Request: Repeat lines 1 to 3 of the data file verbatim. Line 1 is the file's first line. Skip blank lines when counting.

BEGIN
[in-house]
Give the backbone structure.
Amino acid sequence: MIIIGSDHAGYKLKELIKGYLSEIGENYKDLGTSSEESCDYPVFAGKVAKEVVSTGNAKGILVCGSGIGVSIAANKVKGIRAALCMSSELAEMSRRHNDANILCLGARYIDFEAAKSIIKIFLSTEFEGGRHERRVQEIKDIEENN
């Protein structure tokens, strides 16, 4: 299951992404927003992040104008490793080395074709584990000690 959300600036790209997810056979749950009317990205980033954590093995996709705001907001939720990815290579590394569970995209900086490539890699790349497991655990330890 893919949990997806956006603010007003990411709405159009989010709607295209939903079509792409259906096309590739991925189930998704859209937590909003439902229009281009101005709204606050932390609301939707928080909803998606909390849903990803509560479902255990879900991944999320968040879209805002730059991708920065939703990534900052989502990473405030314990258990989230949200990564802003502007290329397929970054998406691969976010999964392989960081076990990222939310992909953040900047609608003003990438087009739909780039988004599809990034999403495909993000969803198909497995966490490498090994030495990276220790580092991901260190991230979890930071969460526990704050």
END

[in-house]
Give the backbone structure.
Amino acid sequence: MIIIGSDHAGYKLKELIKGYLSEIGENYKDLGTSSEESCDYPVFAGKVAKEVVSTGNAKGILVCGSGIGVSIAANKVKGIRAALCMSSELAEMSRRHNDANILCLGARYIDFEAAKSIIKIFLSTEFEGGRHERRVQEIKDIEENN